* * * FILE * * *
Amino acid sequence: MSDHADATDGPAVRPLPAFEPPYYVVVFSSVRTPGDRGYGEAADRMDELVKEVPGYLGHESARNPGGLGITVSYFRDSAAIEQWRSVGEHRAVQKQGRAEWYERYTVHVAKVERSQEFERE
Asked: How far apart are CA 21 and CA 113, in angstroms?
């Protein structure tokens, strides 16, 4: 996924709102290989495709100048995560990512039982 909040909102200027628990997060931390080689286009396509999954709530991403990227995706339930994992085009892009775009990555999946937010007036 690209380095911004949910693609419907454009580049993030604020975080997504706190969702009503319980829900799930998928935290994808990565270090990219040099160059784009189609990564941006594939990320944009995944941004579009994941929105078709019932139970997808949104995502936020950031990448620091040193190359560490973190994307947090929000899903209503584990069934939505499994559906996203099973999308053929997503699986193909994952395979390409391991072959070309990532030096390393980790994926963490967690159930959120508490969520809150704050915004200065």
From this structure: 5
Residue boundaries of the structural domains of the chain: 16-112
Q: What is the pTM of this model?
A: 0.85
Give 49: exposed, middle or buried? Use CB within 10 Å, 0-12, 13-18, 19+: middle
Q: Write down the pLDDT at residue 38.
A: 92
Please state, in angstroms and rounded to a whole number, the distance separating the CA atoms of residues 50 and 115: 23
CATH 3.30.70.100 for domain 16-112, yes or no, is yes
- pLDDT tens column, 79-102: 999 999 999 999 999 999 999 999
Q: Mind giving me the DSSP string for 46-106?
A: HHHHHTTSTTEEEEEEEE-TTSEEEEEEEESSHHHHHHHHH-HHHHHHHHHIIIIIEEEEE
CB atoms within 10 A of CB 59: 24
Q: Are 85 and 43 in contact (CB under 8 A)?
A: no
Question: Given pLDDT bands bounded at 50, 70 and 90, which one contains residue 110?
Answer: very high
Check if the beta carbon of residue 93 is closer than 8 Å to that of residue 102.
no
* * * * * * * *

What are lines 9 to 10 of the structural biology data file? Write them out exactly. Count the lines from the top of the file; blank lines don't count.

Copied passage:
Q: Write down the pLDDT at residue 38.
A: 92